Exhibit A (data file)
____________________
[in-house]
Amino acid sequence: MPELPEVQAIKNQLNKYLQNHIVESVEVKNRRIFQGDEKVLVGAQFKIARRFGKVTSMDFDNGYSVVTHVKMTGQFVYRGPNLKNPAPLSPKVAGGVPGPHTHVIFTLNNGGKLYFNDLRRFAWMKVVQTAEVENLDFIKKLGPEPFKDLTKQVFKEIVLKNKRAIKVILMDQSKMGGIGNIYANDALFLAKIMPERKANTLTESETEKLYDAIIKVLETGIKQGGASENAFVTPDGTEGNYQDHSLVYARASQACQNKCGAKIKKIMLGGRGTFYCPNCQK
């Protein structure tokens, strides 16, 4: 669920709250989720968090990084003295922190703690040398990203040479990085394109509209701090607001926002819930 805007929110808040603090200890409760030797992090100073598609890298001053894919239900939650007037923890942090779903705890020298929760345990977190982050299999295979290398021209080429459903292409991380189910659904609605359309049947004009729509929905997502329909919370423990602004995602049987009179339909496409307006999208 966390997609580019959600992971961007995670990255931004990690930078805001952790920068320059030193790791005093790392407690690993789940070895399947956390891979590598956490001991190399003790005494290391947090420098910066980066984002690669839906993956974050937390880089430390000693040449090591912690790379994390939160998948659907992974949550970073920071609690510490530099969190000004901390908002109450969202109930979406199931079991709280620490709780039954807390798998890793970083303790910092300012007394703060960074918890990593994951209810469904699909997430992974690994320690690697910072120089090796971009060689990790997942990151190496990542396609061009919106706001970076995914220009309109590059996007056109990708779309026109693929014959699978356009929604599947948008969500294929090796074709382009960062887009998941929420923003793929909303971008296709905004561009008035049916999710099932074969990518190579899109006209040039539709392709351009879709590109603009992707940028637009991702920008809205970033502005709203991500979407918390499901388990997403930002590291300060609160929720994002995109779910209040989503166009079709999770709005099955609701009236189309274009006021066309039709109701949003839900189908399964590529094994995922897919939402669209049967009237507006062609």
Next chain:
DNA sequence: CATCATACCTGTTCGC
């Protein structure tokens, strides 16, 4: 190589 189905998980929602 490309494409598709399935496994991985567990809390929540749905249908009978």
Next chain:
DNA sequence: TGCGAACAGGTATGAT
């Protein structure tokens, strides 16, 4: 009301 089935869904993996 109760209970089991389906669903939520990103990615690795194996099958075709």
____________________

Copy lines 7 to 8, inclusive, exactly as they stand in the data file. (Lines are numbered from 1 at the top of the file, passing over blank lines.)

Next chain:
DNA sequence: TGCGAACAGGTATGAT